Research

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Imagination at Work... and Play!

From MoCap animation to virtual environments - we play, create and discover in the Labs!

Cartoon turtles swimming made by Eric Stykel

Current Research and Creative Activities at the MMAD Lab and Viz Lab

The Labs are hubs for multi-disciplinary research opportunities. Throughout the year, faculty, graduate and undergraduate researchers utilize the labs to explore the integration of visualization technologies with data gathering and presentation. Current research projects focus on interactive installations and visualization of scientific research, particularly climate change. 
Along with faculty research, the Labs also facilitate the exploration of new technologies and techniques, including game and animation experimentation and chromakey video production. 

Ryuta Nakajima, Artist
3D modeling of the squid using data sets from MRI.

Collaborators:
Dr. Shuichi Shigeno, Japan Agency for Marine-Earth Science and Technology
Dr. Mitsunaga Narushima, University of Tokyo

Artist Statement 

The quest of modernity has come to its final phase in the form of postmodernism.  Many of the past victorious attempts to define “individualism” and “self” seem to have found the wall of linguistic structure and categorization as governing principals of human consciousness. Postmodernism tends to recycle the façade of preexisting methods and theories, thereby creating fragmentation and dislocation.  Simultaneously, the presence of computer technology is rapidly reshaping our visual culture by offering the potential for more streamlined production and distribution possibilities. More..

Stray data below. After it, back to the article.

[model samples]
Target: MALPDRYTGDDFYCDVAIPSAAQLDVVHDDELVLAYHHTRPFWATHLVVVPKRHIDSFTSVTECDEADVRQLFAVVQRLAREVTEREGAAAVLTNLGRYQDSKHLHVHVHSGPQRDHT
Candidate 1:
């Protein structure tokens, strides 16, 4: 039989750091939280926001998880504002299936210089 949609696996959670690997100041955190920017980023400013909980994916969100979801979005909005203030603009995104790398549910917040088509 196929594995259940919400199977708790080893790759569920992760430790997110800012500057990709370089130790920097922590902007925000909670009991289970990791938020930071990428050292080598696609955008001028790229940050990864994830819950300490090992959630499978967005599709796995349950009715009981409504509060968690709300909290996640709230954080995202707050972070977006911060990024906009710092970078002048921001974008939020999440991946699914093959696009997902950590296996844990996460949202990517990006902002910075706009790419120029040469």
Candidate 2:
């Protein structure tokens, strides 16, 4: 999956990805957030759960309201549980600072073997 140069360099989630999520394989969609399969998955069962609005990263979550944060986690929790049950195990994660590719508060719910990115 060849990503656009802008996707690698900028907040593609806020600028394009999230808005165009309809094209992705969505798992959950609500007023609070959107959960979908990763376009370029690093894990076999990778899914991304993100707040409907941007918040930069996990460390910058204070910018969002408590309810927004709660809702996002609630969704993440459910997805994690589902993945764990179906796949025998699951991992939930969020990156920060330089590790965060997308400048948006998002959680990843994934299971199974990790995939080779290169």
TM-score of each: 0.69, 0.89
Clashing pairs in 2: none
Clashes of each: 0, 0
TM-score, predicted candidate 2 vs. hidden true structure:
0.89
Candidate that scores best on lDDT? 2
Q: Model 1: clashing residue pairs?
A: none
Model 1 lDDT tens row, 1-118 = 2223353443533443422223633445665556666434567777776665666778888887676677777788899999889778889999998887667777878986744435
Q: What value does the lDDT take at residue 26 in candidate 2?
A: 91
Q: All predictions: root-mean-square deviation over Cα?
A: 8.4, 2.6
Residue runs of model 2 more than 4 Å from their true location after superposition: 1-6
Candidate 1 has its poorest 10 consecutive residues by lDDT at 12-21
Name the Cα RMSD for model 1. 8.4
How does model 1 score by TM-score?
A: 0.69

Eun-Kyung Suh, Artist
Silk organza, printed text, cotton thread Dimension variable

Torn From Home

Artist Statement 

This exhibition features the art of Eun-Kyung Suh who honors and memorializes the extreme diasporic experiences of Korean “Comfort Women” during World War II. Using silk organza, Suh creates boxes printed with photographic images of the victims and their journal entries. Silk boxes—hold the stories told decades after their enslavement—give agency to “Comfort Women” and represent safe containers for personal memories.

Past Research 

Repel the Invaders
Graphics showing how the repel the invaders works

This museum exhibit teaches children about invasive species through an interactive educational game that provides an animated experience using shadow-sensitive technology to connect visitors with an underwater habitat and teach them about invasive species in the Great Lakes.  With the threat of invasive species harming a delicate water ecosystem, it is important to educate the public and the growing generation on ways to prevent the spread of certain species.  The game will help to shed new light on this vast and ever growing problem within the Great Lakes ecosystem. This technology is available via a standard negotiated license agreement. Contact Andrew Morrow for specific details. More..